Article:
Around This Place the Memories are Alive
On October 28th, 2011, the State Hermitage Museum presented the Around This Place the Memories are Alive exhibition, dedicated to the 300-year anniversary of the founding of the oldest stone palace in Saint Petersburg and the 30-year anniversary of the creation of an exhibition there dedicated to Russian Culture in the First Third of the 18th Century.
This exhibition includes over 200 pieces: painting, sculpture, graphics, weapons, costumes, books, figures and archeological finds from the collection of the State Hermitage Museum, the Moscow Kremlin State Museum Reserve, the State Russian Museum, the Military-Historical Museum of Artillery, Engineer and Signals Corps, the State Museum of the History of Saint Petersburg, and the State Memorial Museum of A.V. Suvorov.
The Menshikov Palace is one of the oldest surviving buildings in Saint
Petersburg, which had both a residential and administrative function.
The palace’s architectural style is unique; it came together during a
long, multistage construction process that lasted from 1710 to 1727. Western
European architects such as Francesco Fontana, Gottfried Johann Schädel,
Domenico Trezzini, Carlo Bartolomeo Rastrelli, Georg Johann Mattarnovi,
and Jean-Baptiste Alexandre Le Blond participating in its framing and
finishing. Their ideas were brought to life by Russian master
A large section of the exhibit is dedicated to His Serene Highness Prince A.D. Menshikov. A close associate of Peter the Great, the first governor of Saint Petersburg, Alexander Danilovich Menshikov (1673-1729), settled in the palace that had been built for him on October 1st, 1711 (according to the old dating system). From that moment on, the Menshikov Palace became one of the centres of cultural and business life, fulfilling the functions of government in Russia’s new capital.
The items presented at this exhibition include: portraits of His Serene Highness, swords decorated with his monogram and the crown, the stock of the three pound cannon with A.D. Menshikov’s coat of arms on the breech end, as well as works of art, produced to His Highness’ own specifications.
After the death of Peter the Great and A.D. Menshikov’s fall from grace, Anna Ivanovna turned a new page in the palace’s history; in 1731, the empress signed an order establishing the Cadet Corps and granting the Cadets permanent ownership of the land, palace and all the services and structures on Vasilyevsky Island. The Corps received its first pupils on February 17th, 1732. That date is considered the founding of the Corps.
The Cadet Corps was a new phenomenon in the upbringing and education of Russia’s youth. Here they spoke and taught in Russian and German, studied French and Latin, history, geography, mathematics, physics, rhetoric, jurisprudence, architecture, drawing, music, military science and many other fields. The level of education that the cadets received will be illustrated by schematics of fortifications, drawn up for educational purposes in the middle of the 18th century, from the collection of the State Russian Museum, which will be presented as part of the exhibition.
In the 1840s, an orthodox church was built in the central part of the palace, which transformed its southern fac,ade. Two floors of the central part of the fac,ade were faced with “large order” pilasters, and a segmental pediment with the emblem of the Corps appeared. In the 1830s, a “museum” already existed under the aegis of the Corps. In the 1880s, the newly restored “Menshikov Chambers” became part of that museum.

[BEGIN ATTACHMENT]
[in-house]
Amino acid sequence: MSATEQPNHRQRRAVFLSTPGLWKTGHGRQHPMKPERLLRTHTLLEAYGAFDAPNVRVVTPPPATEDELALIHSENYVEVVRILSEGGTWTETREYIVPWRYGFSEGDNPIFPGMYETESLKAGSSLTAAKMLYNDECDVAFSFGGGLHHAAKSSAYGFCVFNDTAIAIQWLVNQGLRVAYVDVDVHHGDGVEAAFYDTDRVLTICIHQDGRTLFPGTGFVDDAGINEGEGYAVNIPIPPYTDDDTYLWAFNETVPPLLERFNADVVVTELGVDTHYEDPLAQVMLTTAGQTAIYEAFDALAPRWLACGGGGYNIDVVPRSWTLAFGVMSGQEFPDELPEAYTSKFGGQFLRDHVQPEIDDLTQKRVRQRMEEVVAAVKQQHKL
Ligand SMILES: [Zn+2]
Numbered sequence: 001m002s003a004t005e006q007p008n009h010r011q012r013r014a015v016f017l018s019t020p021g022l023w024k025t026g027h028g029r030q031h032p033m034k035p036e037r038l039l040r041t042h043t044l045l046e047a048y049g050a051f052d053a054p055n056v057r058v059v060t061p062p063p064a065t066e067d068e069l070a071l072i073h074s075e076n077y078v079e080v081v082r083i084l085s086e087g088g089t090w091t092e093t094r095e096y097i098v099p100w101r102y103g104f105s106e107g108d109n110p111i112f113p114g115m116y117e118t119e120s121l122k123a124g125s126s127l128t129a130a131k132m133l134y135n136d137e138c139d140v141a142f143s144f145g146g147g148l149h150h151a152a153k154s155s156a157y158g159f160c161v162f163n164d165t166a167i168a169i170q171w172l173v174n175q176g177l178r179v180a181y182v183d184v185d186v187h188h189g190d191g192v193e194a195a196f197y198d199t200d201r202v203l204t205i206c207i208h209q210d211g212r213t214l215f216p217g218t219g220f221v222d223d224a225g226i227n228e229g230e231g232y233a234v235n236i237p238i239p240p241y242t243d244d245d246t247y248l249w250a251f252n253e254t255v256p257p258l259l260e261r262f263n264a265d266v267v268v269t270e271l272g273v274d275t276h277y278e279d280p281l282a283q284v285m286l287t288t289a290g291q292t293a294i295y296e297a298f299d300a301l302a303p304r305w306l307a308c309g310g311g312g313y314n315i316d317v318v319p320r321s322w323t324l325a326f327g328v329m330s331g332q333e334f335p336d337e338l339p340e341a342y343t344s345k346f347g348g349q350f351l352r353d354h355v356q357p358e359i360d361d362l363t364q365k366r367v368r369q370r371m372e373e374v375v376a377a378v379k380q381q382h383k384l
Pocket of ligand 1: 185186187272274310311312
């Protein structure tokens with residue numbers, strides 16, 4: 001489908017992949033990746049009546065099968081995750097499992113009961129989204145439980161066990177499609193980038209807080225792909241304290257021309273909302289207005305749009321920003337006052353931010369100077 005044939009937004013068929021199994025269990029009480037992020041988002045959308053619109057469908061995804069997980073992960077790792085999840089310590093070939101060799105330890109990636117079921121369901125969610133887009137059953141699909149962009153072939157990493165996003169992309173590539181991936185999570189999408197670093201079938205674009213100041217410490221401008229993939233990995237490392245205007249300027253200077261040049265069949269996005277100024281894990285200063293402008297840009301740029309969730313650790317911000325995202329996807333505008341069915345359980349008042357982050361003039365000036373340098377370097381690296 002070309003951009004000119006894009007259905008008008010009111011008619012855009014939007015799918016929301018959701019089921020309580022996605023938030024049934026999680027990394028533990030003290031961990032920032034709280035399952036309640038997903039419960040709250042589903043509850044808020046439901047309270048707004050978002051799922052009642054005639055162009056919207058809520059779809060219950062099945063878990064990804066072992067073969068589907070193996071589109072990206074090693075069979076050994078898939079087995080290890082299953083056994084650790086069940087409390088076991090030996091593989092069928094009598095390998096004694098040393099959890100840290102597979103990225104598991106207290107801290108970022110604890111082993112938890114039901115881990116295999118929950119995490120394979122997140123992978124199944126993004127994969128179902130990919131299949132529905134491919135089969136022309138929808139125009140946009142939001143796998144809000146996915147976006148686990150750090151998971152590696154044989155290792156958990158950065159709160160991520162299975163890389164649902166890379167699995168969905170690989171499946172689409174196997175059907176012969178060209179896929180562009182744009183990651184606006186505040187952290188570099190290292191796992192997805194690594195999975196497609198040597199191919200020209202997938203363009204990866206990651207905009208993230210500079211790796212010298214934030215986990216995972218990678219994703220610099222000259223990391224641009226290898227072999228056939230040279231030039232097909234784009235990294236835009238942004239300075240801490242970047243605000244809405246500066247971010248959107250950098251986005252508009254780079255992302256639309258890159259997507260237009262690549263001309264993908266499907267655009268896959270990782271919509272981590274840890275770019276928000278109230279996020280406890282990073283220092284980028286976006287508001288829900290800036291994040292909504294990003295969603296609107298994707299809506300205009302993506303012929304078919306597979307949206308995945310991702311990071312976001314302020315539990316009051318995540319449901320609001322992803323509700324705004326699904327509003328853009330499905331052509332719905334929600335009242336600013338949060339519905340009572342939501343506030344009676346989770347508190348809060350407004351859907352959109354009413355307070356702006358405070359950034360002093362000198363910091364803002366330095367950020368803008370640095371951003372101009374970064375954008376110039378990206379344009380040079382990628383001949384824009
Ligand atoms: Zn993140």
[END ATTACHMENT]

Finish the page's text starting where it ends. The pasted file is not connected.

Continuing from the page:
In 1918, the Commission for the Protection and Registration of Artistic and Historical Monuments recognized the “Menshikov Chambers” and the museum of the First Cadet Corps as having historical value, but these museums did not exist for long; they lost their official status in 1928.
The Menshikov Palace regained its status as a museum in the second half of the 20th century. The creation of a museum dedicated to the culture of the age of Peter the Great was initiated by the director of the State Hermitage Museum, Boris Borisovich Piotrovsky. On February 18th, 1981, the Russian Culture in the First Third of the 18th Century exhibition opened in the palace.
By 1986, the “Turnery”, “Sailor’s Room”, “Tapestry Room”, “Grand Hall” and “Guard Room” had been opened. By 1998, creation of the “Study with Paintings”, “Bedchamber of Darya Menshikova” and the “Western Reception Room” had been opened in the Western part of the Museum. Chinese silk wall hangings from the late 17th and early 18th centuries were the centrepiece of these rooms’ decor. Fragments of Dutch tile found in the space underneath the floor, provided a basis for outfitting the lower section of the walls was oak panels with tile decorations.
The work of the artists and architects who worked in the Menshikov Palace during its restoration and the creation of the museum exhibition will be on display at the Around This Place the Memories are Alive exhibition.
A full scale restoration and the creation of a museum exhibition by the State Hermitage Museum have returned one of Petersburg’s oldest buildings to its citizens.
The curators of this jubilee exhibition are Anatoly Alexeyevich Dutov, the Deputy Director of the Menshikov Palace Department of the State Hermitage Museum, and Olga Stanislasovna Andreyeva, the Senior Scientific Consultant of the Menshikov Palace Department.
A catalogue has been prepared for this exhibition (published by the State Hermitage Museum).